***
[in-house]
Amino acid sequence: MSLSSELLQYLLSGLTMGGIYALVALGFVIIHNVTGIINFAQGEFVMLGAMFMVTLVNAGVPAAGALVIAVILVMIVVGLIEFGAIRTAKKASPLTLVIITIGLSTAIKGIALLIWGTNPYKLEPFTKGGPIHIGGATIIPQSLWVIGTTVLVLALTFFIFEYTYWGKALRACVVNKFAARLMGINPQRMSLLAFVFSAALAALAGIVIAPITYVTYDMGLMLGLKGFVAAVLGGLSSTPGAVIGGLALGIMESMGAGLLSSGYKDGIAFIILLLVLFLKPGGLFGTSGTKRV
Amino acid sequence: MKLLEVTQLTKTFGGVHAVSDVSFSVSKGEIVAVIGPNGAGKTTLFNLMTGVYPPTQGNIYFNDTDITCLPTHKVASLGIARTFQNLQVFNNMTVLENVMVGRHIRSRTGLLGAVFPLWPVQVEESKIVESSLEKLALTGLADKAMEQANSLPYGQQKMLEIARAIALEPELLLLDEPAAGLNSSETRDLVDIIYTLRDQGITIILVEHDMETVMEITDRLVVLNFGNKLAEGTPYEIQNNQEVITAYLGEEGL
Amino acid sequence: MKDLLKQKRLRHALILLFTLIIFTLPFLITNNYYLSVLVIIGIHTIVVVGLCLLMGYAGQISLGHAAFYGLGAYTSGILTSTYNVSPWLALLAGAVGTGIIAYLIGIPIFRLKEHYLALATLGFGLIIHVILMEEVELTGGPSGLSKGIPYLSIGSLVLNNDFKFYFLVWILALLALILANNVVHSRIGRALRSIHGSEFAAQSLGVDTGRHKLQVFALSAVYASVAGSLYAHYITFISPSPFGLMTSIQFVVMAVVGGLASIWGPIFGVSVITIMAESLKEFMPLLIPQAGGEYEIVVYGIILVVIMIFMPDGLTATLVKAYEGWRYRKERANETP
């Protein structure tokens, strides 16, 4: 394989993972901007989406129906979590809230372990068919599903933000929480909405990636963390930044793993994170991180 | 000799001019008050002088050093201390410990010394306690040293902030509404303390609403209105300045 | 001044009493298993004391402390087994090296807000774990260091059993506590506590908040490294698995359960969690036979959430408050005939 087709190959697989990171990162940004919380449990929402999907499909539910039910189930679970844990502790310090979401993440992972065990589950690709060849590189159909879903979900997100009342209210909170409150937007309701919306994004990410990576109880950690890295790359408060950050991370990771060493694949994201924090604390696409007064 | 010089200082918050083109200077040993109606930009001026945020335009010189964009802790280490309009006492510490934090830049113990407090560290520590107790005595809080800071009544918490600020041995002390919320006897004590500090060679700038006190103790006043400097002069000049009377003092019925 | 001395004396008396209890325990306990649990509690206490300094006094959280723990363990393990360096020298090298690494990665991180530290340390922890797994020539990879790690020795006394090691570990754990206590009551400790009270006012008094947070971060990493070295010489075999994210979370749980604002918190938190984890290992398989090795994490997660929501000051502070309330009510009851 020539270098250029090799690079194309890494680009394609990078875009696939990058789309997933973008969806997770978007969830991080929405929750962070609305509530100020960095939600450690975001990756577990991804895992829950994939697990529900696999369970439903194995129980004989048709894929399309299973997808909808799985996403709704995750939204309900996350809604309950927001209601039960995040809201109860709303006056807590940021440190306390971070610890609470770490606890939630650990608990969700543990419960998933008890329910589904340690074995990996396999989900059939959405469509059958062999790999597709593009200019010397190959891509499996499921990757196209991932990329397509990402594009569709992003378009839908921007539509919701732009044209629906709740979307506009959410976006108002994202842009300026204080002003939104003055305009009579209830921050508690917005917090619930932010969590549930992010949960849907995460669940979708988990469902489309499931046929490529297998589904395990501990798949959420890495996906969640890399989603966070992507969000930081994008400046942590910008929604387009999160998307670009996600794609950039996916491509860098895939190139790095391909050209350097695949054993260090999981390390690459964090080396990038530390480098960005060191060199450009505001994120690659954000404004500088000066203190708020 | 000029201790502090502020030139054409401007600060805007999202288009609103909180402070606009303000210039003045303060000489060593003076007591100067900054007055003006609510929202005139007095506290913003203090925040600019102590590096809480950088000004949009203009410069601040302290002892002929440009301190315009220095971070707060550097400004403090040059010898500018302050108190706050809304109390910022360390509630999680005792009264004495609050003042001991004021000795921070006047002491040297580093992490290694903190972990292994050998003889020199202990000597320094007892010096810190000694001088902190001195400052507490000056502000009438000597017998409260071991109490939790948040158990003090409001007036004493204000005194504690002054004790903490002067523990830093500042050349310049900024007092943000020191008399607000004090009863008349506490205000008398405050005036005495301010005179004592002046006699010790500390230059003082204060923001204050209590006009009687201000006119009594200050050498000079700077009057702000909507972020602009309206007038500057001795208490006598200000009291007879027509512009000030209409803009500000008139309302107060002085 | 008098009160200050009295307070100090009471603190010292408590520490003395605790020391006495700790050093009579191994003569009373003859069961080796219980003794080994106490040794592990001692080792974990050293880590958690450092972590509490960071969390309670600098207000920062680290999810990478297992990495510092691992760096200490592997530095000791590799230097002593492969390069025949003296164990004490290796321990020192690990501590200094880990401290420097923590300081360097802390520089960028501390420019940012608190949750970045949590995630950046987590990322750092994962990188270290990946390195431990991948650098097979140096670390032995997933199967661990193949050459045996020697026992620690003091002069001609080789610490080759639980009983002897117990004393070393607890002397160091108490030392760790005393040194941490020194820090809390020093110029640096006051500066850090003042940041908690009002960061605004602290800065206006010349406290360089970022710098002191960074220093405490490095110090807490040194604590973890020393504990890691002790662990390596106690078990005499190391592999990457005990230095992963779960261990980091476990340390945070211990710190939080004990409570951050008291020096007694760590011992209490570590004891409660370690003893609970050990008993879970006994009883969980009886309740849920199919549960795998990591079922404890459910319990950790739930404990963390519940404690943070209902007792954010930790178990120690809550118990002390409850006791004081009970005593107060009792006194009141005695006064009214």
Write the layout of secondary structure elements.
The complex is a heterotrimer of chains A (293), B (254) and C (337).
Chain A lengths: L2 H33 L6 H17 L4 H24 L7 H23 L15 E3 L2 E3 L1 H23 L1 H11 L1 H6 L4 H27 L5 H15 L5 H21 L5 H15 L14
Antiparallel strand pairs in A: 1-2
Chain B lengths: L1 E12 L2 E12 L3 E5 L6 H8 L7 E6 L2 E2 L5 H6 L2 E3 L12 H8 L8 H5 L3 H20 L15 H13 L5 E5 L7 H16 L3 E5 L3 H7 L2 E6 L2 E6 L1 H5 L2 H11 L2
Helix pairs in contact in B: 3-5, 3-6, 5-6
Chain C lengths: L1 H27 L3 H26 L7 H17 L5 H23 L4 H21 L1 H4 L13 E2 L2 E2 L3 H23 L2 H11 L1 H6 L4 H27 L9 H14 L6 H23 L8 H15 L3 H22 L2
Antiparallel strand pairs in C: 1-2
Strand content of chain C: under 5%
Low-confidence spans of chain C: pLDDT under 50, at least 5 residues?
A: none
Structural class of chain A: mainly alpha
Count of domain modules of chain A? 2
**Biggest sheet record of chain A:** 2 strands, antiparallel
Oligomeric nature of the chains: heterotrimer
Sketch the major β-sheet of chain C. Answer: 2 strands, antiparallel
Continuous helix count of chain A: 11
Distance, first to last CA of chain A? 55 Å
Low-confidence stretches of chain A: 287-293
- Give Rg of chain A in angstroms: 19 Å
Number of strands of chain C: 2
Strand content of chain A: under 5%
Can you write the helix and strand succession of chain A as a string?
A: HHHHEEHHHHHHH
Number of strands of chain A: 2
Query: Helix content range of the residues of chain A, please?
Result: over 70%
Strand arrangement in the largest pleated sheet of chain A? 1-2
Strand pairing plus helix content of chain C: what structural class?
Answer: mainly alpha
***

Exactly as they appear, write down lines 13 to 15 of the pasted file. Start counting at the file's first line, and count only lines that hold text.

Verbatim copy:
Antiparallel strand pairs in C: 1-2
Strand content of chain C: under 5%
Low-confidence spans of chain C: pLDDT under 50, at least 5 residues?